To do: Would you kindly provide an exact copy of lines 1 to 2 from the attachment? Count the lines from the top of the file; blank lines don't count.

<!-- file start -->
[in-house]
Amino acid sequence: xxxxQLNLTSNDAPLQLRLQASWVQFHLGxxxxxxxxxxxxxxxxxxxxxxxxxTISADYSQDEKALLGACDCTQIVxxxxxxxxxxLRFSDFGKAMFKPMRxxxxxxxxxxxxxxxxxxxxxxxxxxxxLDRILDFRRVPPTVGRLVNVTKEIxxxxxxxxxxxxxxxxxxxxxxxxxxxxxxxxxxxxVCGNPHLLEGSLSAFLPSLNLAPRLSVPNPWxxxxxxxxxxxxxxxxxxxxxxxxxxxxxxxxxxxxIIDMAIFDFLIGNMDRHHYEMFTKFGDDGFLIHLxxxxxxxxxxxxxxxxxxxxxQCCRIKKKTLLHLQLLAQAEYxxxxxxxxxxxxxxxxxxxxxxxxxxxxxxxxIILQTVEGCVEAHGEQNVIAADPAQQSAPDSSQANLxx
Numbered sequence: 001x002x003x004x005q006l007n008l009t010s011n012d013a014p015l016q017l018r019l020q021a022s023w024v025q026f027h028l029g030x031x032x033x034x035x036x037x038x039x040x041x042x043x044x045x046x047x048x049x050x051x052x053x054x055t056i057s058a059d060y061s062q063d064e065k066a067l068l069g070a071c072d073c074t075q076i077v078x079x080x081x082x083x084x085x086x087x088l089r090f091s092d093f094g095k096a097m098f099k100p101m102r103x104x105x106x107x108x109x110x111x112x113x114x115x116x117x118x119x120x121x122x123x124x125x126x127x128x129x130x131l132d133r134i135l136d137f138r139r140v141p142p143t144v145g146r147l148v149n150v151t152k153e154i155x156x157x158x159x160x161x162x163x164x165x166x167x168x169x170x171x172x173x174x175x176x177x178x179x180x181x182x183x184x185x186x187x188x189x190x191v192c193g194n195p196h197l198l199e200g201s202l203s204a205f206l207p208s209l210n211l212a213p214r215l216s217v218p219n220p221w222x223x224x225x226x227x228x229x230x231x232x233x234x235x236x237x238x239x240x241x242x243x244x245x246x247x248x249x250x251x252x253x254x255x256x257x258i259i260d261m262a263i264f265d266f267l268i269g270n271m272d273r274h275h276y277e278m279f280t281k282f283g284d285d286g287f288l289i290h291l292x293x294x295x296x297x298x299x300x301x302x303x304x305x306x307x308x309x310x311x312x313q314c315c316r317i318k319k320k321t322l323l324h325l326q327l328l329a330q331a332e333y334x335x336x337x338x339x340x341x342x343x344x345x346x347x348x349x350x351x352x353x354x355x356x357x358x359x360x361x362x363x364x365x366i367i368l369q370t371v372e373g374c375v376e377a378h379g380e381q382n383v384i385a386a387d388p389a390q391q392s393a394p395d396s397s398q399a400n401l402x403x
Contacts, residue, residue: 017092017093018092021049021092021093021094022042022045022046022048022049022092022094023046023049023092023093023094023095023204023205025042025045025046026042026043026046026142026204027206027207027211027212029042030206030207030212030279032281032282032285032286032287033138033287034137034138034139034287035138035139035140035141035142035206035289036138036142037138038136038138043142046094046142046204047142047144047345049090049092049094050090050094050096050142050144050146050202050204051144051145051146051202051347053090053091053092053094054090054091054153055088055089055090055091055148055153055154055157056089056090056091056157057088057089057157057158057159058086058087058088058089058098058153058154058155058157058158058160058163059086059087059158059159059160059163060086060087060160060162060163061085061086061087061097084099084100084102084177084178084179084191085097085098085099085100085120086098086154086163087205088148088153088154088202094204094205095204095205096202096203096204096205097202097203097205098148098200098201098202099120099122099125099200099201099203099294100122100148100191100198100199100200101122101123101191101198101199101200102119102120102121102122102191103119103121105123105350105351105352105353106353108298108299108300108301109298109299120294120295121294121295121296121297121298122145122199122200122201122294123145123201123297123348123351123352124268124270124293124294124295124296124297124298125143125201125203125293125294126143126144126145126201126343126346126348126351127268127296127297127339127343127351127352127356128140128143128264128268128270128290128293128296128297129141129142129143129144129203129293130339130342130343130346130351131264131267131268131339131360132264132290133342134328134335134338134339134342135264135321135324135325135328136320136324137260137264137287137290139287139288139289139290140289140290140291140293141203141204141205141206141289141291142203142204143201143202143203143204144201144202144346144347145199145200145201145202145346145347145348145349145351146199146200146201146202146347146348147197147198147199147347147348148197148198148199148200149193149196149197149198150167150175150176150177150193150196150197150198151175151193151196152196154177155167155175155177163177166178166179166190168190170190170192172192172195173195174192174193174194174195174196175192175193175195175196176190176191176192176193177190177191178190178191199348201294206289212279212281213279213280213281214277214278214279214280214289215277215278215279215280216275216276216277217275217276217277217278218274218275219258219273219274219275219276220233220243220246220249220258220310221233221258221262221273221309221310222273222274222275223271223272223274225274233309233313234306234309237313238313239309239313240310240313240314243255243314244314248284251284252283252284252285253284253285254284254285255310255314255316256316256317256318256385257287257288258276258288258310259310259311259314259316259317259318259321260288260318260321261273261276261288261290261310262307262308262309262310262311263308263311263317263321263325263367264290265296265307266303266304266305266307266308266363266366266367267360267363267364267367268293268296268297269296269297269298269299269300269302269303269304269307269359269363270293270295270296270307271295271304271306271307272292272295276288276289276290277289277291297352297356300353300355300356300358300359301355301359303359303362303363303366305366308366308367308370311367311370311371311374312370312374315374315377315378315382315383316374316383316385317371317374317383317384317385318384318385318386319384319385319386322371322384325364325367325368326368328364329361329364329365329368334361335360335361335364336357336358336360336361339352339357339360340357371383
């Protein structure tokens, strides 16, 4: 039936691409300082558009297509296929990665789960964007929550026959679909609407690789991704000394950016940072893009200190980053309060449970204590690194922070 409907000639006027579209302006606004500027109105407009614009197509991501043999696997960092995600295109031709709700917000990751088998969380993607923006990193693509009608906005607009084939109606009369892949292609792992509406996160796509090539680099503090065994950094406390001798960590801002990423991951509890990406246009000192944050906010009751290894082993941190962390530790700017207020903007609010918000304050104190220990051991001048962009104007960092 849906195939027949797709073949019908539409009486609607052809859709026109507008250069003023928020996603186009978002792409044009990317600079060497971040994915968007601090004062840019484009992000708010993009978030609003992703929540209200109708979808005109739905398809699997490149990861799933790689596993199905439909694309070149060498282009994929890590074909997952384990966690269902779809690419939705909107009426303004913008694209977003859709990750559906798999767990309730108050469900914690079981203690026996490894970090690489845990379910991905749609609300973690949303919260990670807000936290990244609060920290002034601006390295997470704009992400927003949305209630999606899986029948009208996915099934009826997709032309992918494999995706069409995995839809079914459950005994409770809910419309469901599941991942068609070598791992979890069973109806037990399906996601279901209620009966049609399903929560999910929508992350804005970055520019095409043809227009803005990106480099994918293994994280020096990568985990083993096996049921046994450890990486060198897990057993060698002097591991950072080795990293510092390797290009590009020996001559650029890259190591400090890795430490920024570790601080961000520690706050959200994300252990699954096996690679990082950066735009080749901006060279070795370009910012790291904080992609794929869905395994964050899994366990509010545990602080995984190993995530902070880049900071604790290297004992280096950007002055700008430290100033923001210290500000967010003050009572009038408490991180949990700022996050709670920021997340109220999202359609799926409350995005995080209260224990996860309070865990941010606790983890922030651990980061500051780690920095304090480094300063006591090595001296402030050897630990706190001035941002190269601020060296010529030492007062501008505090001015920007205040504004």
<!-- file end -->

[in-house]
Amino acid sequence: xxxxQLNLTSNDAPLQLRLQASWVQFHLGxxxxxxxxxxxxxxxxxxxxxxxxxTISADYSQDEKALLGACDCTQIVxxxxxxxxxxLRFSDFGKAMFKPMRxxxxxxxxxxxxxxxxxxxxxxxxxxxxLDRILDFRRVPPTVGRLVNVTKEIxxxxxxxxxxxxxxxxxxxxxxxxxxxxxxxxxxxxVCGNPHLLEGSLSAFLPSLNLAPRLSVPNPWxxxxxxxxxxxxxxxxxxxxxxxxxxxxxxxxxxxxIIDMAIFDFLIGNMDRHHYEMFTKFGDDGFLIHLxxxxxxxxxxxxxxxxxxxxxQCCRIKKKTLLHLQLLAQAEYxxxxxxxxxxxxxxxxxxxxxxxxxxxxxxxxIILQTVEGCVEAHGEQNVIAADPAQQSAPDSSQANLxx